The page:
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Developing Your Style: Part II

Making a scene

This is the second in Derek Neale’s four-part creative writing series, ‘Developing Your Style’.

‘Dramatize! Dramatize!’ was Henry James’ famous maxim to himself and to would-be novelists. The advice remains true today.

What James meant was that you’re more likely to engage your reader if you dramatize your story. Your storytelling can gain momentum and finesse from looking at how dramatists do things. More often than not a character’s emotional state is better revealed by being shown in action, rather than the narrator saying ‘he was sad’ or ‘she was angry’.

The reader is happier interpreting what characters do, rather than forever being told what is happening.

Drama can inject the vital ingredient that will bring a story alive. I know this from my own writing and from the work of my students. And in most cases dramatising doesn’t mean adding fast-action sequences or melodramatic set-pieces. The key is to tighten the dramatic scenes that are already in the story.

Scenes and narrative

The way scenes move the narrative along in fiction is very similar to the way in which scenes work in the dramatic media. The action of a story takes place in a particular place at a particular time – say, in a restaurant on a Tuesday evening.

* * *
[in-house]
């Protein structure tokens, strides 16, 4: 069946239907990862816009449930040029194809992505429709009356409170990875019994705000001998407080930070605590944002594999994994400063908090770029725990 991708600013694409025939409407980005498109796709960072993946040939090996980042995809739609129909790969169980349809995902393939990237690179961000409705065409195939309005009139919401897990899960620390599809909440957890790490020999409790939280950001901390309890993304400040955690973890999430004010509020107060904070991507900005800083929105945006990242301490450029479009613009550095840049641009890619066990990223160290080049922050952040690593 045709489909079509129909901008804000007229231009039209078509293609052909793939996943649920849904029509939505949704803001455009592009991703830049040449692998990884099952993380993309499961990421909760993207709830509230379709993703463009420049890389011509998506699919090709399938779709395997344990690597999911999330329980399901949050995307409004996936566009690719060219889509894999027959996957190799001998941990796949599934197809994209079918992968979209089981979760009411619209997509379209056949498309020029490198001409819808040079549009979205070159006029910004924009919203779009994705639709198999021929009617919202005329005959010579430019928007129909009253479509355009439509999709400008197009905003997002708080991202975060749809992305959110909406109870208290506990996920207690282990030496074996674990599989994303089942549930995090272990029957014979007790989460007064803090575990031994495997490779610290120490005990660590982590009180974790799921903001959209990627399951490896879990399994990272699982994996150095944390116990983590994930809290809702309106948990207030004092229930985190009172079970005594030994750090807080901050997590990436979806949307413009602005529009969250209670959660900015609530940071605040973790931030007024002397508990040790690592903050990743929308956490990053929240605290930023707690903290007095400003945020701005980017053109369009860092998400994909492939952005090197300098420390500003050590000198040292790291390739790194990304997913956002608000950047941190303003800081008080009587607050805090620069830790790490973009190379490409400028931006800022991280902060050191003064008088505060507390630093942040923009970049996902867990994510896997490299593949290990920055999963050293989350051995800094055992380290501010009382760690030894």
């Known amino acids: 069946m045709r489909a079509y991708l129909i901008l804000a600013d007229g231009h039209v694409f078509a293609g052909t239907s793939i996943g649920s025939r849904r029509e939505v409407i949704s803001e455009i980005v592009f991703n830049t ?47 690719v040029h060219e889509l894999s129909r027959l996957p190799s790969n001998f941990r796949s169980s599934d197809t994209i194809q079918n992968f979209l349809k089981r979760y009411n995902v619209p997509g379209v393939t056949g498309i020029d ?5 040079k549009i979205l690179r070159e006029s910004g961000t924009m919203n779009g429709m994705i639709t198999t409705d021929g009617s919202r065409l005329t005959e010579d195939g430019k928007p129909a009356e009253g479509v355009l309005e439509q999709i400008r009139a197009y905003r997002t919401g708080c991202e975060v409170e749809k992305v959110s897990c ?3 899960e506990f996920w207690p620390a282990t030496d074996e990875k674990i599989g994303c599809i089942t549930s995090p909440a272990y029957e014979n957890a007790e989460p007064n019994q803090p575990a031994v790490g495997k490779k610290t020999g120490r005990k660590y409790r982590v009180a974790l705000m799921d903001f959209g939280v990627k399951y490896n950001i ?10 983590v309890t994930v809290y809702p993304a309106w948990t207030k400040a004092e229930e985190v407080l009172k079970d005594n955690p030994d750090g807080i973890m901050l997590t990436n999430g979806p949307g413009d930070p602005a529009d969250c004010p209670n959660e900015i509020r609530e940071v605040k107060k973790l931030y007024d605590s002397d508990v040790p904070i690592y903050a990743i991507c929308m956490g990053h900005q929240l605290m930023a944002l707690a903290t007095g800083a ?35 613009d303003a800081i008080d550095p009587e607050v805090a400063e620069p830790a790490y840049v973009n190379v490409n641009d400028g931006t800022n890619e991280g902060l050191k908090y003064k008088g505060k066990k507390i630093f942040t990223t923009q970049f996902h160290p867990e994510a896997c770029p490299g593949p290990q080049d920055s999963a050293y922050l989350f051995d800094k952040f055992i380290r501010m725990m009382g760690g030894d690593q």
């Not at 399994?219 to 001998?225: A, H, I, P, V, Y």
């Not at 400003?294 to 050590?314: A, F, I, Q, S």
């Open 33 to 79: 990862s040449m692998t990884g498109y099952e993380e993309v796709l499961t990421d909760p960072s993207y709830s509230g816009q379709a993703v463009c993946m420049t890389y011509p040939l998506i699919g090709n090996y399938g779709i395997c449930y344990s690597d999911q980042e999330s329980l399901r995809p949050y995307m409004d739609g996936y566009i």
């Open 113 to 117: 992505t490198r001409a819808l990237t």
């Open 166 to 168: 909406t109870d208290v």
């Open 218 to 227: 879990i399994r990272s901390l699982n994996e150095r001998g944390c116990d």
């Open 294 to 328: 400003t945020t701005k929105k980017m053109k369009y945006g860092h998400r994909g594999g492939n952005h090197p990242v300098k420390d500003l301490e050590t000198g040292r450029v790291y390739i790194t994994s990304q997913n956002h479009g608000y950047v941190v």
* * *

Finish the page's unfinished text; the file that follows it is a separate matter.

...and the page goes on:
When place or time change, the scene changes. So when we next encounter our main character, talking on the phone in her kitchen on Wednesday morning, we have moved to a new scene.

Try imagining film versions of the scenes in your story. The restaurant scene, for instance, might start with the dessert and end before the bill is paid. The camera would only stay in the restaurant long enough to convey the important story information. The tendency with fiction is for scenes to dawdle (yes, let’s be honest, in our first drafts especially).

With this in mind, I set myself and my students a check list about scenes:

  • Are time and place clearly established?
  • What are the key elements of the story the reader needs from this scene?
  • Does the scene start in the right place, or is there too much of a preamble, with characters arriving in dribs and drabs?
  • Does the scene end in the right place, or is the narrator waiting for all the teacups or wine glasses to be drained before moving on?
  • What is the momentum I want from the way this scene ends?

By thinking of the ways in which scenes operate in film, on stage – and even in radio drama – you are more likely to intrigue your reader and make them want to read on.

If you found this article useful, you might like to take a look at:

Developing Your Style Part I

Developing Your Style Part III

Developing Your Style Part IV